The works listed will allow your students to further explore the theme
of censorship and other themes related to Fahrenheit 451:
Hentoff, Nat. The Day They Came to Arrest the Book. New York:
Delacorte, 1982. In this novel for young adults, high-school students
and their teachers become embroiled in a censorship controversy over
Mark Twain's Huckleberry Finn. Teacher preview recommended. (easy)
Valenzuela, Luisa. "The Censors" in Open Door by Luisa Valenzuela.
San Francisco: Northpoint, 1988. This brief story views censorship through
the lens of magic realism. (average)
Clarke, Arthur C. Childhood's End. New York: Harcourt, 1953.
This utopian novel by a master of science fiction paints a positive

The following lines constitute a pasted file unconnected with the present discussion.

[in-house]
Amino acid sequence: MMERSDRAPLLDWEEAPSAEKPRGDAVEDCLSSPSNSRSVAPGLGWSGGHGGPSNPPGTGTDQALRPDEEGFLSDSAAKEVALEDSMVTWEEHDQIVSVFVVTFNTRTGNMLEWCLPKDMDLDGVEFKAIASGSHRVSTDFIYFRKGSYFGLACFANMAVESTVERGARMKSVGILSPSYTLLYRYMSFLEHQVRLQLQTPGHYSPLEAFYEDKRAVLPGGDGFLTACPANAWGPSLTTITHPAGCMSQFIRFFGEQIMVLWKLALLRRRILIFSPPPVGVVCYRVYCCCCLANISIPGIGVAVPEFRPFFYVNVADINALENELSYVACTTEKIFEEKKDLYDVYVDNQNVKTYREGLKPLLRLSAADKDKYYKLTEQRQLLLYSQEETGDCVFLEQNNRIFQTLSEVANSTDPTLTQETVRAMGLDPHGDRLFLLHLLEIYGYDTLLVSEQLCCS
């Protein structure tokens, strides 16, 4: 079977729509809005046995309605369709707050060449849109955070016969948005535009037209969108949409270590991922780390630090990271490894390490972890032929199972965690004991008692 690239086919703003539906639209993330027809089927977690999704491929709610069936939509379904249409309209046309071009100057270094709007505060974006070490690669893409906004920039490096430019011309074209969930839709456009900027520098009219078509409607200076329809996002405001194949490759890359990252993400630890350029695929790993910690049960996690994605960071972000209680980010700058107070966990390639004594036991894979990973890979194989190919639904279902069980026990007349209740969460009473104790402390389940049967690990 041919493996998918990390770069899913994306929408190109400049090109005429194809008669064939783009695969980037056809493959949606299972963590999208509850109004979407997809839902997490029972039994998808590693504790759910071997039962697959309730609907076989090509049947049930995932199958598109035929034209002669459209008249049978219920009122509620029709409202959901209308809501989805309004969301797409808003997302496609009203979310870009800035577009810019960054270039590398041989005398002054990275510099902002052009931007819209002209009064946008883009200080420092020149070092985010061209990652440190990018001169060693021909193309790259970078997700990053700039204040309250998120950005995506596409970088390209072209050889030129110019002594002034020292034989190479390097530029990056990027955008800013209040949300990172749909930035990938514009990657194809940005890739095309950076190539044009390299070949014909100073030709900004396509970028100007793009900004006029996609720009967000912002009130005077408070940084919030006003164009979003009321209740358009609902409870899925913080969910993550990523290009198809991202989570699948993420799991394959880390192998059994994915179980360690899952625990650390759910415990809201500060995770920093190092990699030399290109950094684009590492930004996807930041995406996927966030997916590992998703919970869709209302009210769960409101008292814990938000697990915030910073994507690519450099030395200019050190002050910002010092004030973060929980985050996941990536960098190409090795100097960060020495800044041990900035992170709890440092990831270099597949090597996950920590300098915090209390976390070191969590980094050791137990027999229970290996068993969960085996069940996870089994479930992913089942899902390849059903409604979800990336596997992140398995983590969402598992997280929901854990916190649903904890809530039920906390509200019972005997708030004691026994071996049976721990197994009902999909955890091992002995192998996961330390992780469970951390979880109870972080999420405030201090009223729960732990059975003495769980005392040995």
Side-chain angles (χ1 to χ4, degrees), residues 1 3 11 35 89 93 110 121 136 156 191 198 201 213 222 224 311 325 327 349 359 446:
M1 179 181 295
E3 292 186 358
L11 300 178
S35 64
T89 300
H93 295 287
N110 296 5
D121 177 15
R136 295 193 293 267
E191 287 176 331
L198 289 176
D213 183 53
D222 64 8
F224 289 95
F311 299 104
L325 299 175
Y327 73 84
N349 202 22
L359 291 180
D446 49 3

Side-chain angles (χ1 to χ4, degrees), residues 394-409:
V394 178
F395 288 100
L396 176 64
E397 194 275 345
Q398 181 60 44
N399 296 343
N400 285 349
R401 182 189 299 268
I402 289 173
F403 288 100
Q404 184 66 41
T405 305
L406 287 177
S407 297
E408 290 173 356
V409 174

picture of the future. (average)
Huxley, Aldous. Brave New World. New York: Harper, 1932. This
classic satire depicts a future society whose inhabitants display little
individualism. Teacher preview recommended. (challenge)
Miller, Jr., Walter M. A Canticle for Leibowitz. Philadelphia:
Lippincott, 1959. A new Dark Ages descends on Earth in this acclaimed
science-fiction novel. (average)
Orwell, George. Nineteen Eighty-four. New York: Harcourt, 1949.
This classic dystopian novel presents a grim world in which Big Brother
is always watching and even thoughts are controlled. Teacher preview
recommended. This novel is available as a Literature Connection
from McDougal Littell. (challenge)
This novel is available in McDougal Littell's Literature Connections
Vonnegut, Kurt, Jr. Player Piano. New York: Scribner, 1952. Vonnegut
offers a powerful satire of a dystopian future. Teacher preview recommended.